9-10 Do you need reminding that the unjust have no share in the blessings of the kingdom of God? Do not be misled. A lot of people stand to inherit nothing of God’s coming kingdom, including those whose lives are defined by sexual immorality, idolatry, adultery, sexual deviancy, theft, greed, drunkenness, slander, and swindling. 11 Some of you used to live in these ways, but you are different now; you have been washed clean, set apart, restored, and set on the right path in the name of the Lord Jesus, the Anointed, by the Spirit of our living God. (I Corinthians 6:9-11, The Voice).
I find this passage convicting. And not because of words like “unjust” and “inherit nothing.” Those are pretty scary terms, to be sure.
But for me, the most convicting part of this verse is “Some of you used to live in these ways….”
And if I can be completely honest, I think that is the part that is (or SHOULD be) the most convicting phrase for churches today.
I think we have forgotten how we used to live and have grown to look down at the very people we should be bringing in and lifting up.
I do realize there is another issue. Some of us have lived our lives in the church. Some people were church members nine months before they were born. So there may truly be a sense in which they can say, “I never lived like that!” Good for you. I am glad you never had to experience the hurt and pain that comes with immorality, greed, drunkenness and all those other things.
But we still need Jesus. We are still incomplete without Him.
So we come back to what we have forgotten. When Paul wrote these words, he was not writing to people who were all those negative things. He was writing to the people who used to be all those negative things.
“Some of you used to live in these ways.”
That is Paul’s audience. The people who used to be like that. But are not any longer. Because they found a relationship with God. Because they found a community of believers who would walk alongside them. Because they found people who could hold them accountable. Because they connected with others who came in contact with God’s grace.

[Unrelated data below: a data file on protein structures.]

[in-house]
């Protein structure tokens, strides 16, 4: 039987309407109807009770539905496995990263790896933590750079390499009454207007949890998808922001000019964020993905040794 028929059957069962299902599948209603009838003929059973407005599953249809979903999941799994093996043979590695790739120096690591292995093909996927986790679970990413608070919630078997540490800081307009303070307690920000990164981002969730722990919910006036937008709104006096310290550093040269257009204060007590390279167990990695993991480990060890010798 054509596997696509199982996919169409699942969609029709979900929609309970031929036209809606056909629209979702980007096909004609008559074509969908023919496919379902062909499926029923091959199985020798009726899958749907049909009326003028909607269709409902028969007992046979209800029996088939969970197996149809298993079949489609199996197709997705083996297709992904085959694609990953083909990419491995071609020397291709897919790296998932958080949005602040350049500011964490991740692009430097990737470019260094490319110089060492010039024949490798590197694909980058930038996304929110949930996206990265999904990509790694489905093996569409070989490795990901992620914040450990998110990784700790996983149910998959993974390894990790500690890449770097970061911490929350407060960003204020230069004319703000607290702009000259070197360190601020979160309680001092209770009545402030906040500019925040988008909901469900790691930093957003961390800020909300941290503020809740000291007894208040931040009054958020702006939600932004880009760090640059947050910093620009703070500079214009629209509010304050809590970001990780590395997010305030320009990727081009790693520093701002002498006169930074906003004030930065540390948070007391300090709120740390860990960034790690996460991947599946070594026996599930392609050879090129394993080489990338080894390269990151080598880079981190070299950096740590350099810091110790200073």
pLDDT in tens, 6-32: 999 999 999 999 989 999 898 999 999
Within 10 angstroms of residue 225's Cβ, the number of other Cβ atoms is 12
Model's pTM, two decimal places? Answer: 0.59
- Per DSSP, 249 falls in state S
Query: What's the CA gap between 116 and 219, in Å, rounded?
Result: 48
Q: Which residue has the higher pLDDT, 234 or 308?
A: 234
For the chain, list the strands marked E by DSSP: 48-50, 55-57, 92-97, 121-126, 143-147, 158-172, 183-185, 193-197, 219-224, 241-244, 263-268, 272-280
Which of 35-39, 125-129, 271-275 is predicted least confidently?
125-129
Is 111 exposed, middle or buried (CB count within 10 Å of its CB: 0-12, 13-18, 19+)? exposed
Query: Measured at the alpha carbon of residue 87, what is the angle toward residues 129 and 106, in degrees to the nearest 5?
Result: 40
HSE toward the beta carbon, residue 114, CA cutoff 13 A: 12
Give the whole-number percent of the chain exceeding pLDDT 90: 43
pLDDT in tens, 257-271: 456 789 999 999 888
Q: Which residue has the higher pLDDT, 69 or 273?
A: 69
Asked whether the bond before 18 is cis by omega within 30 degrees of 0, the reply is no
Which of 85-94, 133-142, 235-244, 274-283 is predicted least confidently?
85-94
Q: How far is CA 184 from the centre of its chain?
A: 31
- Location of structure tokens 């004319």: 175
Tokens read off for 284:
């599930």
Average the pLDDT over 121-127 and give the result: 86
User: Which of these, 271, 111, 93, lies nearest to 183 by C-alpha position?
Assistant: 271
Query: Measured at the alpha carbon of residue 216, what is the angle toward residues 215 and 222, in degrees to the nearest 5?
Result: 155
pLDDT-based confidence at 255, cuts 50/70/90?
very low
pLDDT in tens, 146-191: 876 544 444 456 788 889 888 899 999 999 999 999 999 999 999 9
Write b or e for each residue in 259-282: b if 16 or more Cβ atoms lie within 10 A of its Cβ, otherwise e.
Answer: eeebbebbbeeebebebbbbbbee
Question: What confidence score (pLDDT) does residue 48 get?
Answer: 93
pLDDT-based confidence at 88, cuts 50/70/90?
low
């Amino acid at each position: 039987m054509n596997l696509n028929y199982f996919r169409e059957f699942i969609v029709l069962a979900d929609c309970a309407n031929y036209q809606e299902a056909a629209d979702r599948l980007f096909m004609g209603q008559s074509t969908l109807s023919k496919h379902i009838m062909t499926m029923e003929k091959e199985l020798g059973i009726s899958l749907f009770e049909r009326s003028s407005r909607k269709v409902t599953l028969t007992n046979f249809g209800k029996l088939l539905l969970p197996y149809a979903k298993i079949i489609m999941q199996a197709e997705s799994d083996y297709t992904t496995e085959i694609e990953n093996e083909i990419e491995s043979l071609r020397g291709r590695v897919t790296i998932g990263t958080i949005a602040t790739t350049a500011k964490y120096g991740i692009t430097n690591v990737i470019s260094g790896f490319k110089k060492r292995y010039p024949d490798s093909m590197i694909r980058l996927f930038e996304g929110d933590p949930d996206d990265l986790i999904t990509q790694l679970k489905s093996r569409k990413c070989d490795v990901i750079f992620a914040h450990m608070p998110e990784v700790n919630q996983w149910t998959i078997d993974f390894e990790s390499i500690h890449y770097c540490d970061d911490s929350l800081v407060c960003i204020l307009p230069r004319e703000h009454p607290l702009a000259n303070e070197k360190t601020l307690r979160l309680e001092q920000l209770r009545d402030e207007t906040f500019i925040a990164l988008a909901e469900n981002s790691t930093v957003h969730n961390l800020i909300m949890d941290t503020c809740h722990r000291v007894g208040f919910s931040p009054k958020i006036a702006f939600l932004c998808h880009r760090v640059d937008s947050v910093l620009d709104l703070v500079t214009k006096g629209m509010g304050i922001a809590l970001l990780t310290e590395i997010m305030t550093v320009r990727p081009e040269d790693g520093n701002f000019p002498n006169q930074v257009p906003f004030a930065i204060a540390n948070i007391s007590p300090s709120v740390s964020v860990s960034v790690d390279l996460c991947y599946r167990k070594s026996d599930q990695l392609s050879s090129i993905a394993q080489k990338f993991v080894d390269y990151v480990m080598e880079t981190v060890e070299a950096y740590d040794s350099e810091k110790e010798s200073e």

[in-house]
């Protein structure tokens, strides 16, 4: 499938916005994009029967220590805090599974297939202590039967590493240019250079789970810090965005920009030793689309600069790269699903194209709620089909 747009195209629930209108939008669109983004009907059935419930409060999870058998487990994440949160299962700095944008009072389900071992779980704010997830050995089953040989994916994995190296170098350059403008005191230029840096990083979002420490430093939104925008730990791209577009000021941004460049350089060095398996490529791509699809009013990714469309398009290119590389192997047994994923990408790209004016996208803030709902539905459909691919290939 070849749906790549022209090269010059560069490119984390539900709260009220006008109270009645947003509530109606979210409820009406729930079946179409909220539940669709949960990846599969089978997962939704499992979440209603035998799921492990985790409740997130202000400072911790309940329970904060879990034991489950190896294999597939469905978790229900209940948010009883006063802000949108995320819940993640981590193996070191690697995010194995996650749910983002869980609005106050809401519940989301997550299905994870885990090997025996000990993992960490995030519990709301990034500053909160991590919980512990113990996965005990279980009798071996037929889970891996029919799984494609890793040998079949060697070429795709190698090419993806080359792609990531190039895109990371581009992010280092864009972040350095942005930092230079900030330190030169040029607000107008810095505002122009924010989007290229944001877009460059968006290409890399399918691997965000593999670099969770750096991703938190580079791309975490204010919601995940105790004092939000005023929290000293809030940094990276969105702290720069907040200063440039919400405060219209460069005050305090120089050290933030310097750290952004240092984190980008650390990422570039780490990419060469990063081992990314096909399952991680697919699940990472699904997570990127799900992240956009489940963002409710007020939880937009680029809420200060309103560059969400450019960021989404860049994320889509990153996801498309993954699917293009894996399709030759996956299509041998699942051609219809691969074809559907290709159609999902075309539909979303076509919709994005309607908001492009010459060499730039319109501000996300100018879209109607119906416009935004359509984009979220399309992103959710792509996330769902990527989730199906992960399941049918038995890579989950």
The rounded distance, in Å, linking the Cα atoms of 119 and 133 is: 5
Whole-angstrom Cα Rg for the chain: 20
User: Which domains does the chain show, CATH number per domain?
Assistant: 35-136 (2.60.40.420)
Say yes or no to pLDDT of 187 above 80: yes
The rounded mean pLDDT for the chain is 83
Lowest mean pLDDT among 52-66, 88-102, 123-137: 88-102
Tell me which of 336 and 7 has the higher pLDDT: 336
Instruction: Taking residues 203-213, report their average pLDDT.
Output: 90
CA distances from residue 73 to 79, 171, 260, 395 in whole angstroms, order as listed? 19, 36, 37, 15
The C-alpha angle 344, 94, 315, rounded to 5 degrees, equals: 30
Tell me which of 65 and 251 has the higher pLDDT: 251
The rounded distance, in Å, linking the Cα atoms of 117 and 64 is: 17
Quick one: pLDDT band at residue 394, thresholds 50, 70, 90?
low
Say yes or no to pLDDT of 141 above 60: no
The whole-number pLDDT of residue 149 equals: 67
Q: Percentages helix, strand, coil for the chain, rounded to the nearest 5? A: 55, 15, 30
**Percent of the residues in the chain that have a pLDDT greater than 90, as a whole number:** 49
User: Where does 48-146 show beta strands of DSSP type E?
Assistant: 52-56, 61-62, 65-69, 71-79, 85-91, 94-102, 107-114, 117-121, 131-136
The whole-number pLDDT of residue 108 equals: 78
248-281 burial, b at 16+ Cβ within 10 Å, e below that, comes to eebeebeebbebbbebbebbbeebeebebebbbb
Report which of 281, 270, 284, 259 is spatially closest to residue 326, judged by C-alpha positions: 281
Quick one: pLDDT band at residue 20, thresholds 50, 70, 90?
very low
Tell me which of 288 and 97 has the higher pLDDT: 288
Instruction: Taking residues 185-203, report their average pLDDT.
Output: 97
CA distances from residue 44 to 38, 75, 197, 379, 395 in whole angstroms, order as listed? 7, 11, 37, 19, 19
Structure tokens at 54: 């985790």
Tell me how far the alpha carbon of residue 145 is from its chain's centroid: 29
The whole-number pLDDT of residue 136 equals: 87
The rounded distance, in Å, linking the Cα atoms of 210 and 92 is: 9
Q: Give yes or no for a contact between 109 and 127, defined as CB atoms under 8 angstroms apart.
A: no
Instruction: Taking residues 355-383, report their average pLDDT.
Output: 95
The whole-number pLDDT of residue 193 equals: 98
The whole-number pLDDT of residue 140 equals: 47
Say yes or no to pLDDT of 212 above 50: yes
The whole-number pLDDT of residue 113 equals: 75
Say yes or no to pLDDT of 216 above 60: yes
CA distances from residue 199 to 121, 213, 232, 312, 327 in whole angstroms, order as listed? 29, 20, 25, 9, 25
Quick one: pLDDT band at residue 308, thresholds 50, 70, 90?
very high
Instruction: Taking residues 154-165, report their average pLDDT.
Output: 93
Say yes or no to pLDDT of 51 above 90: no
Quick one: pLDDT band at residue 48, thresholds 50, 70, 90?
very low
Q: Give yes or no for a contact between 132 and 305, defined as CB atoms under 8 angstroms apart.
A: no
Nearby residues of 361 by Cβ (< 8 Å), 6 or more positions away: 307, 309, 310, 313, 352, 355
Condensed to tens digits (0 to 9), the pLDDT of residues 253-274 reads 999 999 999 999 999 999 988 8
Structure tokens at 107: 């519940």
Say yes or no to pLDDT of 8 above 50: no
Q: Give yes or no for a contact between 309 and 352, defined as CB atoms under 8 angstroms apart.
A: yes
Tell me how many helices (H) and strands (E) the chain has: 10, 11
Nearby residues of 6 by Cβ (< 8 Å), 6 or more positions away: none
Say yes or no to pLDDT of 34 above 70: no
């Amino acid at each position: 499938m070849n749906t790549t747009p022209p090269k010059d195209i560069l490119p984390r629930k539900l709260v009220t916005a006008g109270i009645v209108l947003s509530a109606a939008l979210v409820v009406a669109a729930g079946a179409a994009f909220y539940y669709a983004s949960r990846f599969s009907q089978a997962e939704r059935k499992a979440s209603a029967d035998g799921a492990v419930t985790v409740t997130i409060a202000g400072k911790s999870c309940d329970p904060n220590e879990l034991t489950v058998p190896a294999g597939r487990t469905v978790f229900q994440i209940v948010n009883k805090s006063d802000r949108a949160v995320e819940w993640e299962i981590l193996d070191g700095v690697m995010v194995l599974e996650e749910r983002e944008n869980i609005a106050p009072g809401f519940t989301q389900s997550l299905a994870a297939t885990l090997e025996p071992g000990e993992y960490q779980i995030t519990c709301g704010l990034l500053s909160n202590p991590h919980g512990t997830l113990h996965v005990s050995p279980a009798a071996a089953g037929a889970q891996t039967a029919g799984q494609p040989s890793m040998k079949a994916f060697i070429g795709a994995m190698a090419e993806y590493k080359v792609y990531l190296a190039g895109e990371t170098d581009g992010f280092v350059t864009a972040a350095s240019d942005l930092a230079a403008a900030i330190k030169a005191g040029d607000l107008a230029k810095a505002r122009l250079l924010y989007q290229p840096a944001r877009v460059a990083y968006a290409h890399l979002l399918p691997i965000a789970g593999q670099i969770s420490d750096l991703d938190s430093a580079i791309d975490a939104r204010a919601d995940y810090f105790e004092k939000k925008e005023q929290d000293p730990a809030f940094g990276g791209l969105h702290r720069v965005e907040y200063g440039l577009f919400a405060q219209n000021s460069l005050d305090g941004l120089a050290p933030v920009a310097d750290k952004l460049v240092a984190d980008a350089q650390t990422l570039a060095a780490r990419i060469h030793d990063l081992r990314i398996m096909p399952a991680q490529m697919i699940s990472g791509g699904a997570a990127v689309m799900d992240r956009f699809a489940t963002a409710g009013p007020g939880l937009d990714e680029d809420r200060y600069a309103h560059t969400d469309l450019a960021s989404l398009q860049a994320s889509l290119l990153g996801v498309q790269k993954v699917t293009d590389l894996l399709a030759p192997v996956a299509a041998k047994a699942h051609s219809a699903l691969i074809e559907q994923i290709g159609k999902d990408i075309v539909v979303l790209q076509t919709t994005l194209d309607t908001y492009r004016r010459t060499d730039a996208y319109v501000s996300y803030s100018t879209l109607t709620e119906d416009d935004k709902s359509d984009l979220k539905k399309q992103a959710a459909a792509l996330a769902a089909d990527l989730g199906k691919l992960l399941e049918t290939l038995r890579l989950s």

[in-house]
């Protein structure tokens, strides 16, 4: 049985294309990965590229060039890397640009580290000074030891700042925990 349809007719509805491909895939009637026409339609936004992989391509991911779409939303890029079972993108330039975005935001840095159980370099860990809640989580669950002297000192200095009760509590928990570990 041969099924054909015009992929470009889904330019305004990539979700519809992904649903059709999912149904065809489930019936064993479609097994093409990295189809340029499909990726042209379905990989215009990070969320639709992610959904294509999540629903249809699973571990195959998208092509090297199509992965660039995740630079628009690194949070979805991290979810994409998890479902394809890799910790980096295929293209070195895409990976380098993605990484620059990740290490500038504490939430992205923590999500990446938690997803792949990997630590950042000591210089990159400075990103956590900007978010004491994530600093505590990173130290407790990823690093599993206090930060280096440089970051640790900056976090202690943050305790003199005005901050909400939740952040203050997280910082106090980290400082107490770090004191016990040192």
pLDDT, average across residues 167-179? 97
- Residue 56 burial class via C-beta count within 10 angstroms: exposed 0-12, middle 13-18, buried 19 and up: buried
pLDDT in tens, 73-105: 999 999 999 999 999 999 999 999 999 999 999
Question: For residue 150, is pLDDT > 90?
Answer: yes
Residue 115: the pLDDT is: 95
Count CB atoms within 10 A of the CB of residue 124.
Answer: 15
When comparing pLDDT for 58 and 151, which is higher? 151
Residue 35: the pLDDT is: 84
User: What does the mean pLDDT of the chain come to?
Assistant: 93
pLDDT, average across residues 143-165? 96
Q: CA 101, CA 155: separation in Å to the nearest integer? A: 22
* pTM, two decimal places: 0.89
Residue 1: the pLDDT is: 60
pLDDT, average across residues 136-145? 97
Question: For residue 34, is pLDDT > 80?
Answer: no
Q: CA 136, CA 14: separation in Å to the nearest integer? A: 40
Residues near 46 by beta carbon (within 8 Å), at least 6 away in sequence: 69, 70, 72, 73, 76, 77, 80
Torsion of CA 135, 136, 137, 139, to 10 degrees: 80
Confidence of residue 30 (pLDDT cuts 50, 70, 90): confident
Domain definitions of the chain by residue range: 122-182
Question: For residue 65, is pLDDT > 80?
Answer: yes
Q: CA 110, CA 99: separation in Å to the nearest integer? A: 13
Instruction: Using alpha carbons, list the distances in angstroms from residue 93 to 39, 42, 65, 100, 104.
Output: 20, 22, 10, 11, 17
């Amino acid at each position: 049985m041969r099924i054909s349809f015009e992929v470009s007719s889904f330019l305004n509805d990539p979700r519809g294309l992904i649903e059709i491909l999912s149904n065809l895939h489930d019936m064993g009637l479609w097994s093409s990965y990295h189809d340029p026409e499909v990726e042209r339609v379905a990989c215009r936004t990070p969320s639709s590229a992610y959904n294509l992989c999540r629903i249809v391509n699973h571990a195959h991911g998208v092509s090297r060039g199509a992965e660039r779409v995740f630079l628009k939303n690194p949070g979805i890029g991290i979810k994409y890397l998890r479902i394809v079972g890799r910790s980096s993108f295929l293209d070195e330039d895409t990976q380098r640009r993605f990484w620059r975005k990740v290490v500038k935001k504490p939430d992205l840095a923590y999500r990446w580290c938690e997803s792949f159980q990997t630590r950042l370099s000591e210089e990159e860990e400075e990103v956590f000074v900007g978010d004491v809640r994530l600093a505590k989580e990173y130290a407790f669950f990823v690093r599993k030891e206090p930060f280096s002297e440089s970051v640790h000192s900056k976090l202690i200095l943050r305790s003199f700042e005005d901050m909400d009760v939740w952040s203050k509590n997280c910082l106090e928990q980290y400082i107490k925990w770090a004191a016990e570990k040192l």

But then something happened.
Somewhere along the way, those of us who have received grace and been restored forgot where we came from. We forgot what we needed. We forgot how much help we received.
And we started turning our backs; looking down our noses; tsk-ing.
We said to the people who needed church the most, “You are not welcome here until you can look more like church people ought to look.”
And maybe that’s too harsh. Maybe that’s unfair. Maybe that is too much of an over-generalization.
But let me ask you this: how many people have told you they are afraid to go to church? They are afraid they will be judged? They are afraid people will look down on them? They are afraid that they won’t look good enough? They are afraid they won’t fit in?
There are reasons people think that. There is too much evidence to support their fear.
Too many churches are filled with too many people who have forgotten “you used to live that way.” Too many churches are filled with too many people who have forgotten that they once needed grace.
And if we are going to become the churches, the communities, the places of refuge that God wants us to be, we need to remember.
We need to remember where we came from. We need to remember the grace we have received. We need to remember what it feels like to be lost, broken, and hurting.
And we need to say, “Please let us walk alongside you. You are welcome here.”